Ahipa (Pachyrhizus ahipa) is one of a few varieties of bean that have been bred for their roots, rather than for their seeds (the beans). It produces a storage root that tops out at about 2 pounds in its native region in Bolivia. The root is used similarly to yacon: more like a fruit than a vegetable. It is starchier and usually sweeter than yacon. This is similar to its close Central American relative jicama (Pachyrhizus erosus) and the North American native ground nut (Apios americana), although its tubers are more like potatoes. You don’t eat the ahipa beans, because they contain the pesticide rotenone, although it is possible that this could be reduced or eliminated through breeding.
It is a really interesting vegetable, with good potential for North America since it is a bit more heat tolerant than most of the Andean crops. It is endangered in its home country, where it has been falling out of favor for a long time. I don’t know what all the reasons are for its decline. It probably suffers from the same cultural problems as a lot of the native Andean crops. They have long been associated with peasant life and poverty, rather than celebrated as the incredible achievements that they are. Urban consumers are largely unaware of the traditional crops. That seems to be changing in Peru. I’m not sure about Bolivia, but hopefully they will find a way to preserve and promote their horticultural heritage as effectively. There must be some way to describe ahipa as a super food and process it into various powders and potions for global consumption! On top of that, it is kind of a fussy crop; you have to prune the flowers before they start to set seed or the storage roots only grow as big as a salad radish. This means that you probably won’t see large scale production of ahipa any time soon.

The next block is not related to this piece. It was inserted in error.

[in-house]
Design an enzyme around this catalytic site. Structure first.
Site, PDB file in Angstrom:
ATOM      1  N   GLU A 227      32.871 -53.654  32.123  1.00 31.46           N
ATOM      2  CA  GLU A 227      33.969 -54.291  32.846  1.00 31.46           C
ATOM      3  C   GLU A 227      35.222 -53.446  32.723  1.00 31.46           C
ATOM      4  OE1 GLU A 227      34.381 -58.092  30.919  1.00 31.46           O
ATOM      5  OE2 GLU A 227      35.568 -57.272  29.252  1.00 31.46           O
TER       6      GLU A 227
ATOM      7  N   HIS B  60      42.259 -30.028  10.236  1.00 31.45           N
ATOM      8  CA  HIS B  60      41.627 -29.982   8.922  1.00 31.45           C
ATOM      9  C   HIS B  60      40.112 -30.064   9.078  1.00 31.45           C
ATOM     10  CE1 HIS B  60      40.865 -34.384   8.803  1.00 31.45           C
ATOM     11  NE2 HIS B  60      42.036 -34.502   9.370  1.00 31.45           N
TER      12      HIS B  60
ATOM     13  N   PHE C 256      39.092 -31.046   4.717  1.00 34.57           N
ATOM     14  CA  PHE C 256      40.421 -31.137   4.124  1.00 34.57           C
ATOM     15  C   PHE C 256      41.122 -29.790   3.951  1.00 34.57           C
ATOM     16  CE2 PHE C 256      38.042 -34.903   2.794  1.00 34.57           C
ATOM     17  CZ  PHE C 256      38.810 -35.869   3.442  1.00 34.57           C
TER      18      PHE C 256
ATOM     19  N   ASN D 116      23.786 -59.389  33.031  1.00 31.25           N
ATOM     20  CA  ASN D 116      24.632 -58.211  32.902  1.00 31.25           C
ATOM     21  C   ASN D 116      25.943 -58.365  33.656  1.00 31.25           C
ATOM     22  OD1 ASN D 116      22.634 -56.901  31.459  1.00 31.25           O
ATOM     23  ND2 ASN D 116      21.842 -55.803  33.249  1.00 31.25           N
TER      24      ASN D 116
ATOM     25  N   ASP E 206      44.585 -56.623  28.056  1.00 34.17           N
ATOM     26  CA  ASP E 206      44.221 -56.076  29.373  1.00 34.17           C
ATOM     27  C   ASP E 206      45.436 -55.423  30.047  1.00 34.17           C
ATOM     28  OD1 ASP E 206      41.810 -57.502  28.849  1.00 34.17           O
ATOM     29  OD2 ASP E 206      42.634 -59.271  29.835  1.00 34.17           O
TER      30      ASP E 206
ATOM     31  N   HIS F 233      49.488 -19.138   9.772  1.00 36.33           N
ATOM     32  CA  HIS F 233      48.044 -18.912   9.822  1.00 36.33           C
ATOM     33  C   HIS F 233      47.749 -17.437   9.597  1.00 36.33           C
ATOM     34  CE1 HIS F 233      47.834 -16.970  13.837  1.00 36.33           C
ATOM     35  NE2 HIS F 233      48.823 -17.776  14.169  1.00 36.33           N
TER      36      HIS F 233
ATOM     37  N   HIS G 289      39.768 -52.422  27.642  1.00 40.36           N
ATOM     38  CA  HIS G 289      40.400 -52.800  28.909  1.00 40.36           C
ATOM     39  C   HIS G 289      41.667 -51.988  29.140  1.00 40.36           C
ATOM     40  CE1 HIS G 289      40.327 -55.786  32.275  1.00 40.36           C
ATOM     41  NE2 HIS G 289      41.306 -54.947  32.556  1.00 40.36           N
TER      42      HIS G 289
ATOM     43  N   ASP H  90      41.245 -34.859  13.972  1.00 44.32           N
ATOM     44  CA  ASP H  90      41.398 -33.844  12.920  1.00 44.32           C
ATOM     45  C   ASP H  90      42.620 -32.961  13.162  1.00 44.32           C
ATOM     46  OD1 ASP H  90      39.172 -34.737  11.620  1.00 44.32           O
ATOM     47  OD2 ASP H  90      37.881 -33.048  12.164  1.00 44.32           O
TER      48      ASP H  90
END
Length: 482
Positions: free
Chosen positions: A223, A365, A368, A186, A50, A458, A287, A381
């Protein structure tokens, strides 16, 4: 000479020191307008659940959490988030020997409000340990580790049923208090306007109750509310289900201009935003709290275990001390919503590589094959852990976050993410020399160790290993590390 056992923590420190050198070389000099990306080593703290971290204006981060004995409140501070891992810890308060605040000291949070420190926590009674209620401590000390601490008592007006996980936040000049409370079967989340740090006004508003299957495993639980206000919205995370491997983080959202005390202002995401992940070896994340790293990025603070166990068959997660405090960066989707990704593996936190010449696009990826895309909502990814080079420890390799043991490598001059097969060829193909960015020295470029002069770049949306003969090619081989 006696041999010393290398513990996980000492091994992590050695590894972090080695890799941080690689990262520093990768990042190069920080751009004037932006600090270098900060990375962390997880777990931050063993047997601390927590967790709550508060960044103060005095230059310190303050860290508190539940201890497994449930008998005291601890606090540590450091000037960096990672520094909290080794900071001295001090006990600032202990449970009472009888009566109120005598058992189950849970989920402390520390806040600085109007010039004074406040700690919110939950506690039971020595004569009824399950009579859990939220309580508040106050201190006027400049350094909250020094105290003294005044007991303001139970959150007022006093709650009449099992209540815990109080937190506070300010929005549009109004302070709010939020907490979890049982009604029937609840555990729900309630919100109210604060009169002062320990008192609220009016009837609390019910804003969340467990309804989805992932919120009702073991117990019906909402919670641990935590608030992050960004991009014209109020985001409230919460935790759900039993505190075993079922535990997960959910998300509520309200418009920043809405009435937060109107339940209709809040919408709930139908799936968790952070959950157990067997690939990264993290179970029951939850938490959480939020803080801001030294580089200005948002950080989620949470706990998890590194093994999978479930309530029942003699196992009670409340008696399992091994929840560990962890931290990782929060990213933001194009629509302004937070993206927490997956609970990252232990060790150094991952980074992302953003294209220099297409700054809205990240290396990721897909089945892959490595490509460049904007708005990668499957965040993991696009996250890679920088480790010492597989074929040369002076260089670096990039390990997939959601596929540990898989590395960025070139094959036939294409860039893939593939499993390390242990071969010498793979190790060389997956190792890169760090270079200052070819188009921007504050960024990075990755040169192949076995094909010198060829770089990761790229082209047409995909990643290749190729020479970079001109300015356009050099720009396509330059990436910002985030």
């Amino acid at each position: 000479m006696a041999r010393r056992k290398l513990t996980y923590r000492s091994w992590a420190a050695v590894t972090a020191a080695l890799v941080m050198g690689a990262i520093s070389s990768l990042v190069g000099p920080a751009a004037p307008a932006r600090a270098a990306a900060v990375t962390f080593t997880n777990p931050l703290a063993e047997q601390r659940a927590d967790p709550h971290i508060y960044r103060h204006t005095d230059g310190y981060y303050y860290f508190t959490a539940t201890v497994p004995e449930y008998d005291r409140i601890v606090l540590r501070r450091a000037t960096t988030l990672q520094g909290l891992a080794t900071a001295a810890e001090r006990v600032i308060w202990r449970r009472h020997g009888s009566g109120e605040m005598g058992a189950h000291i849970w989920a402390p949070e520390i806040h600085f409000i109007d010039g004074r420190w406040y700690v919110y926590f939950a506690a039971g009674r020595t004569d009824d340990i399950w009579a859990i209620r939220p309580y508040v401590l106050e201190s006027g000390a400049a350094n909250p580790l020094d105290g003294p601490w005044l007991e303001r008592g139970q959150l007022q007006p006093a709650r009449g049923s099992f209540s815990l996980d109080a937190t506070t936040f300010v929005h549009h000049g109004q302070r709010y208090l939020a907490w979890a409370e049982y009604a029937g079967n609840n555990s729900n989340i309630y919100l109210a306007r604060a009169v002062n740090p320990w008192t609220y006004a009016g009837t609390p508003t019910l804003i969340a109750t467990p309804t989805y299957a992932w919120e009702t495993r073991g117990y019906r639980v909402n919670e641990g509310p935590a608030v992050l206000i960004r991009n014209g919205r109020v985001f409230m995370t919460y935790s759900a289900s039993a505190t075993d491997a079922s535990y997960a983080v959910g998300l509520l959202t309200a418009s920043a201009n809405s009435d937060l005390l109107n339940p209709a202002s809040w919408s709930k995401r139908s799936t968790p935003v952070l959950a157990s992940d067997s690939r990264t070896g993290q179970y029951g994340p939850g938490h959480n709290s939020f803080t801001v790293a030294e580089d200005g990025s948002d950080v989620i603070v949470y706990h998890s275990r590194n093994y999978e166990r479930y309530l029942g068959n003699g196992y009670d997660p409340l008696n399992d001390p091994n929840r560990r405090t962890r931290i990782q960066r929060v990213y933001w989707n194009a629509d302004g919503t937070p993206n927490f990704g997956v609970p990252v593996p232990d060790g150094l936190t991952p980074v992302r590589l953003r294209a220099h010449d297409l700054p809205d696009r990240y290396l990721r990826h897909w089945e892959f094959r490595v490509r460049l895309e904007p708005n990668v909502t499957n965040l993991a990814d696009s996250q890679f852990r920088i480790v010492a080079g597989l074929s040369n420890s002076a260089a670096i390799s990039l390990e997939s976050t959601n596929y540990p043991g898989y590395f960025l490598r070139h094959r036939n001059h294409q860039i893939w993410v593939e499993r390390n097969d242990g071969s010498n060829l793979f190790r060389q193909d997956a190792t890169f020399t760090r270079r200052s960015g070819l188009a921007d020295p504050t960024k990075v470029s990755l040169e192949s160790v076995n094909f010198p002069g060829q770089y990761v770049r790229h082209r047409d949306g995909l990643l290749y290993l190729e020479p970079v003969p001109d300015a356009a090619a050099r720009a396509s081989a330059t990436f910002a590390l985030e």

I have been growing ahipa on and off since 2009. It is a challenging plant in this climate; it grows well, but requires a really long growing season. It has to be planted right about now for a harvest of seed in October. Only one variety has been widely available and, because of that, I haven’t grown very much of it. I like to eat what we grow and I like the idea of preserving rare varieties, but if I can’t do any breeding, I lose interest pretty quickly. Unfortunately, other than the variety ‘Tarija’, it has been almost impossible to obtain more varieties.
That is why I am really excited that we now have a small selection to work with!
I’m not sure if we have five or six varieties now. I think Tarija and Sur Cinti may be the same. Even five is a huge jump forward though, since it will now be possible to do a little breeding with this crop. Step 1 will be obtaining a good seed crop, step 2 will be making initial crosses, and step 3 will be multiplying the seeds up further so that we can offer some in the shop. I hope to accomplish all three this year, but it is possible that we’ll only get through the first two. Regardless, as long as the seeds germinate, I expect to offer all of them this year or next.